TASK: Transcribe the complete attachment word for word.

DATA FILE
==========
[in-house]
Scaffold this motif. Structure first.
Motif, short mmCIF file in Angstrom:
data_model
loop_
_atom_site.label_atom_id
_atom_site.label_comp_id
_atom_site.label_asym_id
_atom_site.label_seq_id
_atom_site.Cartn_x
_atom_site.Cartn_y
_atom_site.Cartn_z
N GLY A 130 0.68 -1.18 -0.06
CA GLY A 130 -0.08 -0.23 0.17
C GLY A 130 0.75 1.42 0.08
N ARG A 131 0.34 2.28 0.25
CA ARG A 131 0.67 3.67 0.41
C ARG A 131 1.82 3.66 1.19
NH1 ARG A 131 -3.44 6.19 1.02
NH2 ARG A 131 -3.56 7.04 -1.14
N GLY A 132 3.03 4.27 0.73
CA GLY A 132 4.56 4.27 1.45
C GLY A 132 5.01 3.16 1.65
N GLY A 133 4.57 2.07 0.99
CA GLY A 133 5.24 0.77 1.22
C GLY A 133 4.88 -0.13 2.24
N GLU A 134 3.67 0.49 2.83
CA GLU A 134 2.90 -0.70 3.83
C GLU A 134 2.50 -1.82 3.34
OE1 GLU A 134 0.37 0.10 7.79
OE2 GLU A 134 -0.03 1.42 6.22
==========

[in-house]
Scaffold this motif. Structure first.
Motif, short mmCIF file in Angstrom:
data_model
loop_
_atom_site.label_atom_id
_atom_site.label_comp_id
_atom_site.label_asym_id
_atom_site.label_seq_id
_atom_site.Cartn_x
_atom_site.Cartn_y
_atom_site.Cartn_z
N GLY A 130 0.68 -1.18 -0.06
CA GLY A 130 -0.08 -0.23 0.17
C GLY A 130 0.75 1.42 0.08
N ARG A 131 0.34 2.28 0.25
CA ARG A 131 0.67 3.67 0.41
C ARG A 131 1.82 3.66 1.19
NH1 ARG A 131 -3.44 6.19 1.02
NH2 ARG A 131 -3.56 7.04 -1.14
N GLY A 132 3.03 4.27 0.73
CA GLY A 132 4.56 4.27 1.45
C GLY A 132 5.01 3.16 1.65
N GLY A 133 4.57 2.07 0.99
CA GLY A 133 5.24 0.77 1.22
C GLY A 133 4.88 -0.13 2.24
N GLU A 134 3.67 0.49 2.83
CA GLU A 134 2.90 -0.70 3.83
C GLU A 134 2.50 -1.82 3.34
OE1 GLU A 134 0.37 0.10 7.79
OE2 GLU A 134 -0.03 1.42 6.22